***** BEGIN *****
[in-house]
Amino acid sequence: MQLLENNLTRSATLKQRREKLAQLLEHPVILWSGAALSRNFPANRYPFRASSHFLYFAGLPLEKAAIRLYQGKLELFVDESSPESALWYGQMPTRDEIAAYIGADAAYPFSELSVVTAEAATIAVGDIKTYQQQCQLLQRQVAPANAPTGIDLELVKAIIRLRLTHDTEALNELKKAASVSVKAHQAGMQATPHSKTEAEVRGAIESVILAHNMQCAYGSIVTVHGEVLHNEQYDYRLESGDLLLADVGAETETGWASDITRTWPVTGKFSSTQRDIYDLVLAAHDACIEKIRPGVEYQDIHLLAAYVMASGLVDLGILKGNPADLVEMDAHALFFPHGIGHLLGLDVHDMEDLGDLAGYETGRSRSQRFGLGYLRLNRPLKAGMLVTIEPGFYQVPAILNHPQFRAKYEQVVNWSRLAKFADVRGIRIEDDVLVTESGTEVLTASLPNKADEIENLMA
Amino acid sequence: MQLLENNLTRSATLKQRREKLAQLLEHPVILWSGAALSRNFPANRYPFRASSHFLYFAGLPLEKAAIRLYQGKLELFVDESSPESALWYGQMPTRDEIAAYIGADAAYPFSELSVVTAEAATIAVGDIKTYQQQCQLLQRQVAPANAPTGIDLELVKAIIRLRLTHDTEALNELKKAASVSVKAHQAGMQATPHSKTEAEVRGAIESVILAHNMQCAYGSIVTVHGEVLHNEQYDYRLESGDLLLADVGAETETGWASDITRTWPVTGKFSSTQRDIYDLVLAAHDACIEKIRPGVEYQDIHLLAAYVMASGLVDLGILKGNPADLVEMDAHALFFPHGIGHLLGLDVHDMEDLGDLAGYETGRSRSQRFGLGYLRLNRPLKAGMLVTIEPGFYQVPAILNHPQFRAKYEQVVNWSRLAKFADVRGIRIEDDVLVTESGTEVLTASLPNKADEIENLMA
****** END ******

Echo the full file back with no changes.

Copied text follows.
[in-house]
Amino acid sequence: MQLLENNLTRSATLKQRREKLAQLLEHPVILWSGAALSRNFPANRYPFRASSHFLYFAGLPLEKAAIRLYQGKLELFVDESSPESALWYGQMPTRDEIAAYIGADAAYPFSELSVVTAEAATIAVGDIKTYQQQCQLLQRQVAPANAPTGIDLELVKAIIRLRLTHDTEALNELKKAASVSVKAHQAGMQATPHSKTEAEVRGAIESVILAHNMQCAYGSIVTVHGEVLHNEQYDYRLESGDLLLADVGAETETGWASDITRTWPVTGKFSSTQRDIYDLVLAAHDACIEKIRPGVEYQDIHLLAAYVMASGLVDLGILKGNPADLVEMDAHALFFPHGIGHLLGLDVHDMEDLGDLAGYETGRSRSQRFGLGYLRLNRPLKAGMLVTIEPGFYQVPAILNHPQFRAKYEQVVNWSRLAKFADVRGIRIEDDVLVTESGTEVLTASLPNKADEIENLMA
Amino acid sequence: MQLLENNLTRSATLKQRREKLAQLLEHPVILWSGAALSRNFPANRYPFRASSHFLYFAGLPLEKAAIRLYQGKLELFVDESSPESALWYGQMPTRDEIAAYIGADAAYPFSELSVVTAEAATIAVGDIKTYQQQCQLLQRQVAPANAPTGIDLELVKAIIRLRLTHDTEALNELKKAASVSVKAHQAGMQATPHSKTEAEVRGAIESVILAHNMQCAYGSIVTVHGEVLHNEQYDYRLESGDLLLADVGAETETGWASDITRTWPVTGKFSSTQRDIYDLVLAAHDACIEKIRPGVEYQDIHLLAAYVMASGLVDLGILKGNPADLVEMDAHALFFPHGIGHLLGLDVHDMEDLGDLAGYETGRSRSQRFGLGYLRLNRPLKAGMLVTIEPGFYQVPAILNHPQFRAKYEQVVNWSRLAKFADVRGIRIEDDVLVTESGTEVLTASLPNKADEIENLMA